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District of South Carolina Settles Long Term Care Pharmacy Whistle Blower Case Completing Final Leg of Anemia Drug Litigation

Columbia, South Carolina —— A $2.5 million settlement with Pharmerica, a long term care pharmacy servicing hundreds of nursing homes across the nation, completes the final leg of litigation involving the illegal promotion of Aranesp, an anemia drug manufactured by Amgen, Inc.

In 2013, the US Attorney’s Office for the District of South Carolina, The Department of Justice Civil Frauds and a number of states executed a $24.9 million settlement with Amgen in this case. In 2014, Omnicare followed with a $4.19 million settlement. The recent settlement brings the government’s recovery in United States ex rel. Kurnik v. Amgen et al. to just over $31.5 million.

The Kurnik litigation was brought under federal and state false claims act statutes that allow private citizens to bring suit on behalf of the government to recover money expended as a result of fraud or other wrongful conduct. The government intervened in the Amgen and Omnicare portions of the case and the Relator pursued the case against Pharmerica on behalf of the government.

“Public health insurance programs shouldn’t foot the bill for drug company schemes that manipulate doctors and patients to maximize profits,” said South Carolina US Attorney Bill Nettles. “This case is an excellent example of how the government can work together with private whistleblowers to recover money for taxpayers.”

The United States was represented by Assistant US Attorneys Fran Trapp and James Leventis from the District of South Carolina Office.

Kurnik was represented by Dick Harpootlian and Chris Kenney of Richard A. Harpootlian, P.A. in Columbia, South Carolina and Reuben Guttman, Traci Buschner, Justin Brooks and Caroline M. Poplin, J.D., M.D. of Guttman, Buschner & Brooks PLLC in Washington, D.C.

Whistleblower program will be one of the most significant national gatherings of 2016

Feb. 18 and 19, the Center for Advocacy and Dispute Resolution and the Emory Corporate Governance and Accountability Review will partner to present “Fraud Against the Government & SEC Whistleblower Actions Training.” This event will feature more than 20 authorities on fraud, including U.S. attorneys, experts from the U.S. Securities and Exchange Commission and judges.

The training will be held from 8:30 a.m. to 4 p.m. each day in Tull Auditorium, Gambrell Hall at Emory Law.

Reuben Guttman, partner with Guttman Buschner & Brooks, PLLC and senior fellow with the Center for Advocacy and Dispute Resolution, said, “We think that for would-be whistleblowers and their counsel, the Emory program will be one of the most significant national gatherings in 2016. The program will offer them an opportunity to hear directly from regulators about how they can work to maximize their contributions to federal whistleblower programs.”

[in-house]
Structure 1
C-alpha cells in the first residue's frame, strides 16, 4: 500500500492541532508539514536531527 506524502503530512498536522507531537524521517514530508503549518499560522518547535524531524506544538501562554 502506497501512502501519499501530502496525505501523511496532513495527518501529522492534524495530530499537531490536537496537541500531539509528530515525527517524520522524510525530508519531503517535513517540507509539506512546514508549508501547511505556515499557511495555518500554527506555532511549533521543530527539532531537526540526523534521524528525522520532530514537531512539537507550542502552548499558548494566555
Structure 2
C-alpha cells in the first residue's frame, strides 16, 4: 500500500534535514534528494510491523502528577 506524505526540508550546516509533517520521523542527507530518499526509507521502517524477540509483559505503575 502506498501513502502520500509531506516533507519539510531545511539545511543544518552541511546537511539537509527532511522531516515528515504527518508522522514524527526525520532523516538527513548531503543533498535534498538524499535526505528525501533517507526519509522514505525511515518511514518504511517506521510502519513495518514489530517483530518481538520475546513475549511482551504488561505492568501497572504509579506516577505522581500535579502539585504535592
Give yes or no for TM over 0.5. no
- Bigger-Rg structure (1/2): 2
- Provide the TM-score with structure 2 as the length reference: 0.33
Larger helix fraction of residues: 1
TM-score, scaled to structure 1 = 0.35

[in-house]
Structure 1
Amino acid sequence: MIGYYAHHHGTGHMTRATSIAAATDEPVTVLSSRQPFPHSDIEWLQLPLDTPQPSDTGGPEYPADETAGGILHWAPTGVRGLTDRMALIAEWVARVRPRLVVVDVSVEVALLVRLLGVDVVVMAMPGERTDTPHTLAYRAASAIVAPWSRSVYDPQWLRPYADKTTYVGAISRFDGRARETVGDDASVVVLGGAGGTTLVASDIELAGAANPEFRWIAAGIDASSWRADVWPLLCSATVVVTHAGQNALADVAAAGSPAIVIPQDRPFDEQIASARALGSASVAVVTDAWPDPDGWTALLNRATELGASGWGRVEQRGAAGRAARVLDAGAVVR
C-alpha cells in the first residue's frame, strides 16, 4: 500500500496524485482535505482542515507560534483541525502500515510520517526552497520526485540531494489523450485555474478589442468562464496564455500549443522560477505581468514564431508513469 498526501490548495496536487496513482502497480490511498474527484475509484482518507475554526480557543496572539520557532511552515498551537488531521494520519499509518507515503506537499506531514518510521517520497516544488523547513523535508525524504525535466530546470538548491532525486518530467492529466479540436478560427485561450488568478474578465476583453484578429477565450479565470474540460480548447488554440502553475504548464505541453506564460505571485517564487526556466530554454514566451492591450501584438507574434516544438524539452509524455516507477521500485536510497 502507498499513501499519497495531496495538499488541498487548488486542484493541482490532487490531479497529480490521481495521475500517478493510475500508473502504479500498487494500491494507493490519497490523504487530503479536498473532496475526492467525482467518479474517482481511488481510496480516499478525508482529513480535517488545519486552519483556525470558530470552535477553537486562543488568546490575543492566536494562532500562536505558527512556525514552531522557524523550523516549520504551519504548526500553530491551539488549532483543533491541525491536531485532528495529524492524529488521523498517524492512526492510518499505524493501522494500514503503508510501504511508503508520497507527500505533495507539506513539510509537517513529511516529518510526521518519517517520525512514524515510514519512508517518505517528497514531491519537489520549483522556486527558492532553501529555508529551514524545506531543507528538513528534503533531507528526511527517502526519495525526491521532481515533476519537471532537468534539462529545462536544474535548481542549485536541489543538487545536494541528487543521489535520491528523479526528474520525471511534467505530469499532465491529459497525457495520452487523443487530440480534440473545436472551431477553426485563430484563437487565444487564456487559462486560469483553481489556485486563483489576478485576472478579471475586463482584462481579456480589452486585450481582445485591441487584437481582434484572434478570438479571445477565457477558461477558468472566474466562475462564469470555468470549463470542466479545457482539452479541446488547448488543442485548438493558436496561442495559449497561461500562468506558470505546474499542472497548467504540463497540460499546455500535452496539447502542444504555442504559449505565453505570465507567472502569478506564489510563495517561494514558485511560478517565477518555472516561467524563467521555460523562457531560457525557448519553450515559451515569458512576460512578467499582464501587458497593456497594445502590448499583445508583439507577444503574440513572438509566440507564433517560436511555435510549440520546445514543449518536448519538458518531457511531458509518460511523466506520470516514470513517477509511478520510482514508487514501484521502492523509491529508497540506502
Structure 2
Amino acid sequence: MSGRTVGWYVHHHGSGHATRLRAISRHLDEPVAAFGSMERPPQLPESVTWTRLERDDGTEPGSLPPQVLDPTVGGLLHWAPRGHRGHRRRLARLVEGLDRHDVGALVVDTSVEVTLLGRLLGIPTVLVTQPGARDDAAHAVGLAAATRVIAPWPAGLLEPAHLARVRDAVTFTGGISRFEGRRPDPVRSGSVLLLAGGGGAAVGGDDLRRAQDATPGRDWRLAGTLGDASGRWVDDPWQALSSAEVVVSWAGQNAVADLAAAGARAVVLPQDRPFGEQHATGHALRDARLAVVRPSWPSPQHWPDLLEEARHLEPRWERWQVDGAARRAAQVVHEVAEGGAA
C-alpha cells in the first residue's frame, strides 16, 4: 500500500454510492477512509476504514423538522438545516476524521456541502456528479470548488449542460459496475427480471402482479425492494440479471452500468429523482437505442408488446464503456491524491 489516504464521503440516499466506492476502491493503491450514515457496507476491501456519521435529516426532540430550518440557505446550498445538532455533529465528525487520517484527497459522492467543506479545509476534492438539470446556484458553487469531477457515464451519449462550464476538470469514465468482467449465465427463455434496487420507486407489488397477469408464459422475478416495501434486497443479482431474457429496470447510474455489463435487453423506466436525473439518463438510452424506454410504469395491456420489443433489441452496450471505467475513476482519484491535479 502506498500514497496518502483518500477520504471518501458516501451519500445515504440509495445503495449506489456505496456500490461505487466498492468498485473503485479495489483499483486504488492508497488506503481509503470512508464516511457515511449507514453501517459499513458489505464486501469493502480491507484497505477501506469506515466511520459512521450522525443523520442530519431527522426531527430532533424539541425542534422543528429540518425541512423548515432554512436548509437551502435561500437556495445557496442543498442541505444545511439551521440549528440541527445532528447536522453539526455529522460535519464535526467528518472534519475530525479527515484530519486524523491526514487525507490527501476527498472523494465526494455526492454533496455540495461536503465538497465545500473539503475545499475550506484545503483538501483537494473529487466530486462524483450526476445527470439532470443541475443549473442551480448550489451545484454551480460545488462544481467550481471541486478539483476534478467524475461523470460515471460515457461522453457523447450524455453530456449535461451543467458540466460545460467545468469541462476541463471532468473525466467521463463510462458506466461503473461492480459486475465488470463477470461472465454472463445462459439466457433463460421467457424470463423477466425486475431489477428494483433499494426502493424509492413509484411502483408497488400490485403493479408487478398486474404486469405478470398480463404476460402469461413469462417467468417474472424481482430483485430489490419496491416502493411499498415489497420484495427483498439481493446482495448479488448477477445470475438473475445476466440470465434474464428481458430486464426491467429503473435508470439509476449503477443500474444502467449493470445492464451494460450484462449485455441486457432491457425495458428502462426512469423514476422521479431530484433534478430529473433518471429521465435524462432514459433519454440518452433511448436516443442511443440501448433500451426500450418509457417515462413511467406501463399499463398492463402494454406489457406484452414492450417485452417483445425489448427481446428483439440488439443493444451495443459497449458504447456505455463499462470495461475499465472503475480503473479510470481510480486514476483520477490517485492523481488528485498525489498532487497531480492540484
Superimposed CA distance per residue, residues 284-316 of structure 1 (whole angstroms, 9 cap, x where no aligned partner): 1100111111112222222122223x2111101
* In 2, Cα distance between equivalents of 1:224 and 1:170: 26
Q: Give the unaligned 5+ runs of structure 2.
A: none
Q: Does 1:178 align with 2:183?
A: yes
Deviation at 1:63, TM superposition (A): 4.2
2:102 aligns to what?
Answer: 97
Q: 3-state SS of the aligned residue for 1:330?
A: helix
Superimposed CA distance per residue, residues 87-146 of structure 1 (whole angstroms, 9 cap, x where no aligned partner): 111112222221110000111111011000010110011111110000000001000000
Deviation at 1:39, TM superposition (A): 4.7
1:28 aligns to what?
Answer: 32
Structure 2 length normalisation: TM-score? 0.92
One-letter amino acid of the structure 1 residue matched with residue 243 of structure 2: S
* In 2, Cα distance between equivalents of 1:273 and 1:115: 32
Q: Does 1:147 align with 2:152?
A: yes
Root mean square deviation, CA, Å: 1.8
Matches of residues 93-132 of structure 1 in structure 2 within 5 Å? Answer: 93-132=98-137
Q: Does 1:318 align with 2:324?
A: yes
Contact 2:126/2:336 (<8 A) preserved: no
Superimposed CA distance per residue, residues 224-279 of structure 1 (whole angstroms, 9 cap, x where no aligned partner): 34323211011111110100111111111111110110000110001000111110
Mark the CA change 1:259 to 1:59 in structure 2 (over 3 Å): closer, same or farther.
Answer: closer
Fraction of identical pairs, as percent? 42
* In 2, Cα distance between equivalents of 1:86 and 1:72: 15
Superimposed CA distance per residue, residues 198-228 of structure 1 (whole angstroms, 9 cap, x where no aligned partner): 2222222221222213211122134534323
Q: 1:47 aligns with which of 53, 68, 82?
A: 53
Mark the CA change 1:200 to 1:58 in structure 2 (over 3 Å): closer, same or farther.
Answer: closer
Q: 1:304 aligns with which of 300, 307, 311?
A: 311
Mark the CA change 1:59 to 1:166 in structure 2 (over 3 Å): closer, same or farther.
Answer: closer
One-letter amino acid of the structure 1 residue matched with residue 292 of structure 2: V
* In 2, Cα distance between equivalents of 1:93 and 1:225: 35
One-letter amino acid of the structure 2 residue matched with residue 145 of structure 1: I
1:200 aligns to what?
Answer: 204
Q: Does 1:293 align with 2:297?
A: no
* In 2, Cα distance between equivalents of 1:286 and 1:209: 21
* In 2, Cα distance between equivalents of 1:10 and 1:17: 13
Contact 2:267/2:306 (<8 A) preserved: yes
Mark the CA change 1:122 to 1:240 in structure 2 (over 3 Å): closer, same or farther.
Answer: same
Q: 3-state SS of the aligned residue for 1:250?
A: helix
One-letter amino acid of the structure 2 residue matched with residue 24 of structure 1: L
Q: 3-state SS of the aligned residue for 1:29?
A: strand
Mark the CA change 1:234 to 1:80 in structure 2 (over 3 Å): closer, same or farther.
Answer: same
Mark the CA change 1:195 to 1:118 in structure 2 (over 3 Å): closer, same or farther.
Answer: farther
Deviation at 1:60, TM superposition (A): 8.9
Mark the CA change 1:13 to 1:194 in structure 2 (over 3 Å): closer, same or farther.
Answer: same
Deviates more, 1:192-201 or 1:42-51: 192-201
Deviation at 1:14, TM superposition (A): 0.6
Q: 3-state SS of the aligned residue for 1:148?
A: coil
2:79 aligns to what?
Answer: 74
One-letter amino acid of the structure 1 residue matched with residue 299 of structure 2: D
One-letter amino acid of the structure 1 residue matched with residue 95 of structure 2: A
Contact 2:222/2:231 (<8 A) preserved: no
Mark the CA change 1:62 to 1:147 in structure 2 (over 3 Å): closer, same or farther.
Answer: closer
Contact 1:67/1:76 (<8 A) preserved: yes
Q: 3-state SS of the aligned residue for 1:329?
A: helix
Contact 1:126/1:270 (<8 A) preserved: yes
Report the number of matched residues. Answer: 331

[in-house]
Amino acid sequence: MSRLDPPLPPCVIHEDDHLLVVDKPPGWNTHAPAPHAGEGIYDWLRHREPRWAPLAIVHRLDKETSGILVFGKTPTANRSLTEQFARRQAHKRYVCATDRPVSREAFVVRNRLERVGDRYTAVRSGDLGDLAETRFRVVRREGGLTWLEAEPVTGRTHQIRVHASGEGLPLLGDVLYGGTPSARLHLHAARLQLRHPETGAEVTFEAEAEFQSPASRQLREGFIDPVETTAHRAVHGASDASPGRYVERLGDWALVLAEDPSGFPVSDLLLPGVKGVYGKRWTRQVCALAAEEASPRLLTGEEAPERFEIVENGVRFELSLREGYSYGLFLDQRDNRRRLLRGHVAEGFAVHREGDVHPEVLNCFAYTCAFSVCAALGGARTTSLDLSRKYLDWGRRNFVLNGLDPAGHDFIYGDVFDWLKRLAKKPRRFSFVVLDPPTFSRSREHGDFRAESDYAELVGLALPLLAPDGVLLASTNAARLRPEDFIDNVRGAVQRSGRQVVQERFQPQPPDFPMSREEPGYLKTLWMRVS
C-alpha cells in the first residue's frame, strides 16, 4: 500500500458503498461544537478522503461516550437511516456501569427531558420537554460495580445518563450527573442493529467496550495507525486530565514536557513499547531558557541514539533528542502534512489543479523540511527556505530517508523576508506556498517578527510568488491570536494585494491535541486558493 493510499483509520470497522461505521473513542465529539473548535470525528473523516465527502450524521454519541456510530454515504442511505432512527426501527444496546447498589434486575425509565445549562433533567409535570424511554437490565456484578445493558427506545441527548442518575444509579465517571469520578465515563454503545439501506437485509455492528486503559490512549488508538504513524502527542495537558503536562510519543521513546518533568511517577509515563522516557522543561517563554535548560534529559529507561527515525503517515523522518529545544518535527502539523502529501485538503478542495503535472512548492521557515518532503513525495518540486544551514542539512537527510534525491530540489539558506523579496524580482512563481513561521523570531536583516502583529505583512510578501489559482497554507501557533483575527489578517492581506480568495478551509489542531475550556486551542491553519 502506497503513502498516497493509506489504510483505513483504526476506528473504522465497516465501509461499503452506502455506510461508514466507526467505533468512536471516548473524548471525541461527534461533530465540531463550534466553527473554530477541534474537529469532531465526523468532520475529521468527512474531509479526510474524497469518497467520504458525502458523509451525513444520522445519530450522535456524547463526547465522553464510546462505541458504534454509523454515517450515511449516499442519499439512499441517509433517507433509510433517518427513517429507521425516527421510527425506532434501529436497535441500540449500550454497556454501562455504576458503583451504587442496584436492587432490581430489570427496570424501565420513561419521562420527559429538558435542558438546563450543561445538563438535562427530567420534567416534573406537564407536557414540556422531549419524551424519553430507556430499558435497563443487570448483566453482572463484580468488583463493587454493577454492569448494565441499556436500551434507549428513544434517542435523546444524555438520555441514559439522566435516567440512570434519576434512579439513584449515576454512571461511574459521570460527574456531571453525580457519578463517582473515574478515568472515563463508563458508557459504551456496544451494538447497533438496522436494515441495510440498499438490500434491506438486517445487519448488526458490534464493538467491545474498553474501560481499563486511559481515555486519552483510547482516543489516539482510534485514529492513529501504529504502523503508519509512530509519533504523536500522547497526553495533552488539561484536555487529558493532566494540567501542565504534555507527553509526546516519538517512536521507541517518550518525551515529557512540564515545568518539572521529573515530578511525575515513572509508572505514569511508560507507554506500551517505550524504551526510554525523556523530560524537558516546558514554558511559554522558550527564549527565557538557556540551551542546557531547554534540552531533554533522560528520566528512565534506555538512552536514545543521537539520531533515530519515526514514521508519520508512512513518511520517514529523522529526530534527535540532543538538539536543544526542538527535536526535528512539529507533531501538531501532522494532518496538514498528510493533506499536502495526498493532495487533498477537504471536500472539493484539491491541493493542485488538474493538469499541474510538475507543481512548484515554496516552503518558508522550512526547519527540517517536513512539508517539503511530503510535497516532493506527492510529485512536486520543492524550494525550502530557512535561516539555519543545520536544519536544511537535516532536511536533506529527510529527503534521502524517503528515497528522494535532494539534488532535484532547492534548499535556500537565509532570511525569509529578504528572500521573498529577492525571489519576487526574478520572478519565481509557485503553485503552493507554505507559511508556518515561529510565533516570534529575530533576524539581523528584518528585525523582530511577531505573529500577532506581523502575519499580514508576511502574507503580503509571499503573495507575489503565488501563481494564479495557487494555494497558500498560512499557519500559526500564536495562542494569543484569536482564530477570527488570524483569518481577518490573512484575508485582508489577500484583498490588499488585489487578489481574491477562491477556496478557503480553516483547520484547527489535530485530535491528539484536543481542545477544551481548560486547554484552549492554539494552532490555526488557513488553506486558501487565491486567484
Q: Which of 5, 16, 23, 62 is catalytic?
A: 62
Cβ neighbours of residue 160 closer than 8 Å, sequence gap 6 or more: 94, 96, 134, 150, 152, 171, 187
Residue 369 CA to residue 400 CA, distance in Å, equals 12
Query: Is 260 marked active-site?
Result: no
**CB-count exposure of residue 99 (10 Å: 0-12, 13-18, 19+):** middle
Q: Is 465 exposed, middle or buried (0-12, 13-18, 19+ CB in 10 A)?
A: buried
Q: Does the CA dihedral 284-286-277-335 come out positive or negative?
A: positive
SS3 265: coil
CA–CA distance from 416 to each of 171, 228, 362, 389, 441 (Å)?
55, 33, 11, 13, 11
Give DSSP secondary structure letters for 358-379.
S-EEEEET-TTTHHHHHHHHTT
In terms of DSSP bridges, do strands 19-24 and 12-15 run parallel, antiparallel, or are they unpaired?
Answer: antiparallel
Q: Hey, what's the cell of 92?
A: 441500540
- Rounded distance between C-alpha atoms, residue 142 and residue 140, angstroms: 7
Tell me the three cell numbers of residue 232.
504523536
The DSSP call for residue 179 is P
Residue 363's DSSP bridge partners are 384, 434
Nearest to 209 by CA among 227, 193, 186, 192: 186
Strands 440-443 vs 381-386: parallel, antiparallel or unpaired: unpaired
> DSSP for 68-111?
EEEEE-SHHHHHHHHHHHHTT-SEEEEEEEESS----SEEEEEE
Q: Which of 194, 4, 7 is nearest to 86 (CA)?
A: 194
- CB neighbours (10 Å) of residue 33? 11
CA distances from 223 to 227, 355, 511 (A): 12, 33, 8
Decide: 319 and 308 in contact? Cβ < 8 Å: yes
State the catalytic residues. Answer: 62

Attendees can earn up to 12 CLE credits along with the Certificate of Completion of Emory University School of Law’s Advocacy and Dispute Resolution Training in Case Investigation. Registration is now open.

Featured panelists and instructors include:

  • John A. Horn, U.S. Attorney for the Northern District of Georgia
  • William M. Nettles, U.S. Attorney for the District of South Carolina
  • David Rivera, U.S. Attorney, Middle District of Tennessee
  • Sean McKessey, Director, Office of Whistleblower, U.S. Securities and Exchange Commission
  • Benjamin Singer, Chief, Securities & Financial Fraud Unit, Fraud Section, Criminal Division, U.S. Department of Justice
  • Walter Jospin, Regional Director, Atlanta Regional Office, U.S. Securities and Exchange Commission
  • William P. Hicks, Associate Regional Director, Atlanta Regional Office, U.S. Securities and Exchange Commission
  • Stephen E. Donahue, Assistant Regional Director, Atlanta Regional Office, U.S. Securities and Exchange Commission
  • Randy Chartash, Chief, Economic Crime Section at United States Attorney’s Office
  • Reuben Guttman, Partner, Guttman Buschner & Brooks, PLLC and Senior Fellow, Center for Advocacy and Dispute Resolution, Emory University School of Law
  • John Floyd, Partner, Bondurant Mixson & Elmore LLP
  • Michael A. Sullivan, Partner, Finch McCranie LLP
  • Sam Sheldon, Partner, Quinn, Emmanuel Urquhart & Sullivan, LLP
  • Bob Magnanini, Partner, Stone and Magnanini, LLP
  • David Bocian, Partner, Kessler, Topaz, Meltzer, Check, LLP
  • Traci Buschner, Partner, Guttman, Buschner & Brooks, PLLC
  • Christopher Haney, CPA, CFE, CHC, Forensus Group, LLC
  • Richard Harpootlian, Harpootlian Law
  • Jerry Martinj, Partner, Barrett Johnston Martin & Garrison, LLC
  • Amy Berne, Chief, Civil Division, United States Attorney’s Office, Northern District of Georgia
  • Sally Molloy, Assistant U.S. Attorney at U.S. Attorney’s Office, Northern District of Georgia
  • Paul Zwier, Professor; Director Center for Advocacy and Dispute Resolution, Emory University School of Law
  • Hon. Matt McCoyd, Magistrate Court Judge, DeKalb County; Associate Director Center for Advocacy and Dispute Resolution, Emory University School of Law